Reading systems MUST NOT incorporate spine items in a synthetic spread. Reading systems SHOULD create a single viewport positioned at the center of the screen.


Reading systems SHOULD render a synthetic spread for spine items only when the device is in landscape orientation.

portrait (deprecated)

Reading systems SHOULD treat the value "portrait" as a synonym of "both" and create spreads regardless of orientation.


Reading systems SHOULD render a synthetic spread regardless of device orientation.


Reading systems MAY use synthetic spreads in specific or all device orientations as part of a content display area utilization optimization process. The rendition:page-spread-* properties

The rendition:page-spread-left property [epub-33] indicates that the given spine item SHOULD be rendered in the left-hand slot of a spread. The rendition:page-spread-right property [epub-33] indicates that the given spine item SHOULD be rendered in the right-hand slot of a spread.

The rendition:page-spread-left and rendition:page-spread-right properties apply to both pre-paginated and reflowable content, and they only apply when the reading system is creating synthetic spreads.

The rendition:page-spread-* properties MUST take precedence over whatever value of the page-break-before property [csssnapshot] has been set for an XHTML content document.

When a reflowable spine item follows a pre-paginated one, the reflowable one SHOULD start on the next page — as defined by the page-progression-direction attribute [epub-33] — when it lacks a rendition:page-spread-* property value.

Reading systems MUST honor rendition:page-spread-* properties on both reflowable and pre-paginated spine items (e.g., by inserting a blank page).

When a pre-paginated spine item follows a reflowable one, the pre-paginated one SHOULD start on the next page (as defined by the page-progression-direction attribute) when it lacks a rendition:page-spread-* property value.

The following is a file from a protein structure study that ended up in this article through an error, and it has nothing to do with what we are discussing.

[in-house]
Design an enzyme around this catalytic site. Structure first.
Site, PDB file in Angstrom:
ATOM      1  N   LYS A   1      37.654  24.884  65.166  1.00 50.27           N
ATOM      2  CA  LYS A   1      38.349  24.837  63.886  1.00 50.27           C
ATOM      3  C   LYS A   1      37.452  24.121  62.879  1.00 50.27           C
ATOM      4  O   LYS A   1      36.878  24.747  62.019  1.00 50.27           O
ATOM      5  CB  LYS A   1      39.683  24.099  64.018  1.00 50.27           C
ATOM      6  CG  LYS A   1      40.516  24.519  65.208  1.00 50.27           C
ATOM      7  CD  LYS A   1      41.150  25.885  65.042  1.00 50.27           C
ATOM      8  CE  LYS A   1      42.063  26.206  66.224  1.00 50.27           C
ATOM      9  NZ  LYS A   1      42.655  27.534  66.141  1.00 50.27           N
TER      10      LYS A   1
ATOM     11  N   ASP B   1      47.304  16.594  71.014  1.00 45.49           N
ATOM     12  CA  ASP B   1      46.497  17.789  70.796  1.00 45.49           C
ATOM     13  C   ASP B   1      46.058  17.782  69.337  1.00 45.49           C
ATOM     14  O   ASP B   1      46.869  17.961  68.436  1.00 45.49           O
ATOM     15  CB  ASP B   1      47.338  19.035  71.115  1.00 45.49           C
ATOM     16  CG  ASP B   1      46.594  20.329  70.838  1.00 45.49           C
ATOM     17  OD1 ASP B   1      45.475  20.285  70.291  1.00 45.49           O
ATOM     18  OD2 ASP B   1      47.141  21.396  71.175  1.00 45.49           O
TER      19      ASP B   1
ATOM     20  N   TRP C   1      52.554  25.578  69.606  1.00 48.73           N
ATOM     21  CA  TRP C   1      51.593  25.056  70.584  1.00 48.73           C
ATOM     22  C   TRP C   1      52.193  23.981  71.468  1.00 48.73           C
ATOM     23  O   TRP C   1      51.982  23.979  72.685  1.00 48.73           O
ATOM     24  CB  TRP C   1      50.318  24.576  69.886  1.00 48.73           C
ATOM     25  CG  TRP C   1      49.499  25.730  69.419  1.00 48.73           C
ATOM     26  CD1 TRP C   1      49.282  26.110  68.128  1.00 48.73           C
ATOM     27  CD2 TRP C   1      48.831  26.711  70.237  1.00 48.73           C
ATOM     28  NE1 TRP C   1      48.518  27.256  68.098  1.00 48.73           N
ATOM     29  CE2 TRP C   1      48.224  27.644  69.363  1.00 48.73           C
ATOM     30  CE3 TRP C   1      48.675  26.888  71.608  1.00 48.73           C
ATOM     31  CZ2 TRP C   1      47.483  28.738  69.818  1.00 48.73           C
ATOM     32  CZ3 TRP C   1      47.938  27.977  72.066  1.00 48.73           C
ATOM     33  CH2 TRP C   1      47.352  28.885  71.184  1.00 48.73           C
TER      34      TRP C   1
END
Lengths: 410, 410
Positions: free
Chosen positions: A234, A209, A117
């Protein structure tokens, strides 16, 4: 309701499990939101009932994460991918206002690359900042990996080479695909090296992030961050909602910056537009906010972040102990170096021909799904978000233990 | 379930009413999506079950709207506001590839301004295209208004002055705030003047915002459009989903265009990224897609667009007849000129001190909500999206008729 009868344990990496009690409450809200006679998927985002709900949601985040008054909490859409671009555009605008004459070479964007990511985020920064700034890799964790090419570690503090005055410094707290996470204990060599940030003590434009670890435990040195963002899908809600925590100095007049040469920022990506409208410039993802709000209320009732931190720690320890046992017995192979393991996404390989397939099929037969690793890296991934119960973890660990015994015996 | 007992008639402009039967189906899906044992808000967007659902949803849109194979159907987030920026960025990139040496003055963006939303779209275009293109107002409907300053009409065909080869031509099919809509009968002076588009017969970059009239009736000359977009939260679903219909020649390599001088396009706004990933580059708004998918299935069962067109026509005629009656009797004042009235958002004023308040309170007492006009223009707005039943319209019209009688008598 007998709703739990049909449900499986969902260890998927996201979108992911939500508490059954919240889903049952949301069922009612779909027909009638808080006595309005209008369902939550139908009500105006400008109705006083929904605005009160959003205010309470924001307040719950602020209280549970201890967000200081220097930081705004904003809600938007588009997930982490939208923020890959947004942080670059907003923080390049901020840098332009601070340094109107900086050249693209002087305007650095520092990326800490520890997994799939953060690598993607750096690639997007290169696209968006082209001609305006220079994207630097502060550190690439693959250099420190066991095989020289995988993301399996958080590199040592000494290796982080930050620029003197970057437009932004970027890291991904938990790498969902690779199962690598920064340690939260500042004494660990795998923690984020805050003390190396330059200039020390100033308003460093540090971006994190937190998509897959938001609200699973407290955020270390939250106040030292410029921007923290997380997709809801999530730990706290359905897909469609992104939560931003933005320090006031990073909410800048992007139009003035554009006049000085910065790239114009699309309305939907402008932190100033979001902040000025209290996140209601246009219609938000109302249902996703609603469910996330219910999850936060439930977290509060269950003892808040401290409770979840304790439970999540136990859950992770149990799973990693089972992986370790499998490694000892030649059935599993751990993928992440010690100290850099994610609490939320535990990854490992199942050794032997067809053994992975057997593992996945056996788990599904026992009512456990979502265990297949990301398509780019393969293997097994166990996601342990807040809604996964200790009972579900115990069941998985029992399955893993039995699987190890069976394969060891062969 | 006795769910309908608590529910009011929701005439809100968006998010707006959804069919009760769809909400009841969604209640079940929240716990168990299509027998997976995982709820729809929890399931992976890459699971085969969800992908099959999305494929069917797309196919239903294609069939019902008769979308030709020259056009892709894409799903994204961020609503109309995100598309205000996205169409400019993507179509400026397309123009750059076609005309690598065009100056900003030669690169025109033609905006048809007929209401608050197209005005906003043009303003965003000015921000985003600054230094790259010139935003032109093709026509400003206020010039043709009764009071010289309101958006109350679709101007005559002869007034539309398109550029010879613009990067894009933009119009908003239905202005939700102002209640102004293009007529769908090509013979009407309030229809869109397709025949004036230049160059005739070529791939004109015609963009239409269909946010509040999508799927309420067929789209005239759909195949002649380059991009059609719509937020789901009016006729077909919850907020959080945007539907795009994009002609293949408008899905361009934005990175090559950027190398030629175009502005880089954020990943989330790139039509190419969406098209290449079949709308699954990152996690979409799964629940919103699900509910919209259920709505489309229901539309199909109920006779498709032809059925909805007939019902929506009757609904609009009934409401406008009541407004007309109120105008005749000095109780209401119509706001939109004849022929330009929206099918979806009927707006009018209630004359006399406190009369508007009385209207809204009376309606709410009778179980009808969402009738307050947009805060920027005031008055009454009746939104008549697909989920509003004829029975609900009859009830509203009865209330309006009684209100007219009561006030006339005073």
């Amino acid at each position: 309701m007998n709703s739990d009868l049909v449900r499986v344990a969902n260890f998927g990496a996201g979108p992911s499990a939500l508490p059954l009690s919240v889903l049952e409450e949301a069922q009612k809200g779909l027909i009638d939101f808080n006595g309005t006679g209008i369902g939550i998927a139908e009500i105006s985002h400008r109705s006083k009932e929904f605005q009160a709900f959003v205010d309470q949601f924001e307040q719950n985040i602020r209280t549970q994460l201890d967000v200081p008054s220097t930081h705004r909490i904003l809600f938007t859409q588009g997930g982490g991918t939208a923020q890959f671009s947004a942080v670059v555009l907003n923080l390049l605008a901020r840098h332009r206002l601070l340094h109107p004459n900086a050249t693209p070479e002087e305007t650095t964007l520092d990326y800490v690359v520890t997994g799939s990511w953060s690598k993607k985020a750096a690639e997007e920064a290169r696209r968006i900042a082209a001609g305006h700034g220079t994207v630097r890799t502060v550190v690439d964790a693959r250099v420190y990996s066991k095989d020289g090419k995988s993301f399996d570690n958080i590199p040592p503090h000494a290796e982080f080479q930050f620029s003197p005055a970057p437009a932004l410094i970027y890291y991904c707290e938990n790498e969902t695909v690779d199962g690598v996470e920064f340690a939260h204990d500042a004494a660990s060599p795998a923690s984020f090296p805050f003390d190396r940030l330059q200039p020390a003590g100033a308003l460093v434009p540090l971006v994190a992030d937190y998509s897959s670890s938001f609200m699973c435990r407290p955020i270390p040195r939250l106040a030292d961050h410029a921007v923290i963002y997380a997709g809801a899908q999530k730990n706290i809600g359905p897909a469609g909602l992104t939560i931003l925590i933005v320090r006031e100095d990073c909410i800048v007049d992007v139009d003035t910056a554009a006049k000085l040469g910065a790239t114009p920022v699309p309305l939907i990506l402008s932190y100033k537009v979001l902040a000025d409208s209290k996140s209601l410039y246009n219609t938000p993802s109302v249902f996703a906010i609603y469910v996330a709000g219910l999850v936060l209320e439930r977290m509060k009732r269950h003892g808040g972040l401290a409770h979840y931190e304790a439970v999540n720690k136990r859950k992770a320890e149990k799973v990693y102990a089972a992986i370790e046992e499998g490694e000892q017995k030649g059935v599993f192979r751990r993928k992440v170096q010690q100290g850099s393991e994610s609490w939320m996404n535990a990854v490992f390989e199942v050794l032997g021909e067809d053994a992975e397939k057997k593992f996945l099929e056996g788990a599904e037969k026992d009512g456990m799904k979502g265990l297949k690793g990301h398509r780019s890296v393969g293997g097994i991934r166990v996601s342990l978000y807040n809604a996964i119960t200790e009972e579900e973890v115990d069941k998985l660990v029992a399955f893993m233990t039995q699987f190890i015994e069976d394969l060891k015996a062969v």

When a reading system encounters two spine items that represent a true spread (i.e., two adjacent spine items with the rendition:page-spread-left and rendition:page-spread-right properties), it SHOULD create the spread with no space between the adjacent pages.

8.1.2 Initial containing block dimensions


Reading systems MUST create the initial containing block (ICB) using the width and height expressions declared in the viewport meta tag for XHTML content documents, as defined in Expressing in HTML [epub-33]. They MUST clip content positioned outside of the ICB.

If the width or height values in the viewport meta tag contain a non-numeric character but start with a number (e.g., the value includes a unit of length declaration such as "500px"), the number prefix SHOULD be used as the pixel value, otherwise the value MUST be treated as invalid.

Reading systems SHOULD attempt to extract width and height values from a viewport meta tag even if its syntax is invalid.

Reading systems MUST use the first declaration of a width and height property in a viewport meta tag (i.e., ignore repeated declarations).

If the viewport meta does not contain a width or a height value, or if these values are invalid, reading systems MAY supply the values. For example, a reading system may:

  • consider these as having the values device-width and device-height, respectively; or
  • look for the previous content document in the spine, if applicable, and use the ICB value defined there; or
  • consider the content document as erroneous XHTML content altogether.

If an XHTML content document contains more than one viewport meta tags, reading systems MUST use the first in document order to obtain the height and width dimensions. Subsequent declarations MUST be ignored.